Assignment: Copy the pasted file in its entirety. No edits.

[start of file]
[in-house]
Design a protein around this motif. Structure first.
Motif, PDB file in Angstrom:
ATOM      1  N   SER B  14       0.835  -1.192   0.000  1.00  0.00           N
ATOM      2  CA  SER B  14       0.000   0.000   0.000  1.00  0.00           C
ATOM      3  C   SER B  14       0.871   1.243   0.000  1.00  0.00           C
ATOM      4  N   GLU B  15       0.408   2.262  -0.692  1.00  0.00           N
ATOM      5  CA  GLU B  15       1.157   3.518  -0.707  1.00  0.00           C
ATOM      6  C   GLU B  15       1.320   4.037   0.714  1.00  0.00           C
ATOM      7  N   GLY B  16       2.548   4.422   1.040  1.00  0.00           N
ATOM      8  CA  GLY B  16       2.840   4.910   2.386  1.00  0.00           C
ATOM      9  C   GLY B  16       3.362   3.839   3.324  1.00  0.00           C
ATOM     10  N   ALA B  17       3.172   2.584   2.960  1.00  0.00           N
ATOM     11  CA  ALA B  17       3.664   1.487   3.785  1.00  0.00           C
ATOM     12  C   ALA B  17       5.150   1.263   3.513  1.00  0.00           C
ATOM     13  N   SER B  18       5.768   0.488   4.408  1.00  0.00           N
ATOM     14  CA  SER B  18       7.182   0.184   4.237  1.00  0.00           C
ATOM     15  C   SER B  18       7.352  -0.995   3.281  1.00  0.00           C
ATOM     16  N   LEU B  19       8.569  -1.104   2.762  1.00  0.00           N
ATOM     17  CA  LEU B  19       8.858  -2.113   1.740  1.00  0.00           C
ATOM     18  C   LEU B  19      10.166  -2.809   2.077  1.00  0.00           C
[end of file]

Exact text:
[in-house]
Design a protein around this motif. Structure first.
Motif, PDB file in Angstrom:
ATOM      1  N   SER B  14       0.835  -1.192   0.000  1.00  0.00           N
ATOM      2  CA  SER B  14       0.000   0.000   0.000  1.00  0.00           C
ATOM      3  C   SER B  14       0.871   1.243   0.000  1.00  0.00           C
ATOM      4  N   GLU B  15       0.408   2.262  -0.692  1.00  0.00           N
ATOM      5  CA  GLU B  15       1.157   3.518  -0.707  1.00  0.00           C
ATOM      6  C   GLU B  15       1.320   4.037   0.714  1.00  0.00           C
ATOM      7  N   GLY B  16       2.548   4.422   1.040  1.00  0.00           N
ATOM      8  CA  GLY B  16       2.840   4.910   2.386  1.00  0.00           C
ATOM      9  C   GLY B  16       3.362   3.839   3.324  1.00  0.00           C
ATOM     10  N   ALA B  17       3.172   2.584   2.960  1.00  0.00           N
ATOM     11  CA  ALA B  17       3.664   1.487   3.785  1.00  0.00           C
ATOM     12  C   ALA B  17       5.150   1.263   3.513  1.00  0.00           C
ATOM     13  N   SER B  18       5.768   0.488   4.408  1.00  0.00           N
ATOM     14  CA  SER B  18       7.182   0.184   4.237  1.00  0.00           C
ATOM     15  C   SER B  18       7.352  -0.995   3.281  1.00  0.00           C
ATOM     16  N   LEU B  19       8.569  -1.104   2.762  1.00  0.00           N
ATOM     17  CA  LEU B  19       8.858  -2.113   1.740  1.00  0.00           C
ATOM     18  C   LEU B  19      10.166  -2.809   2.077  1.00  0.00           C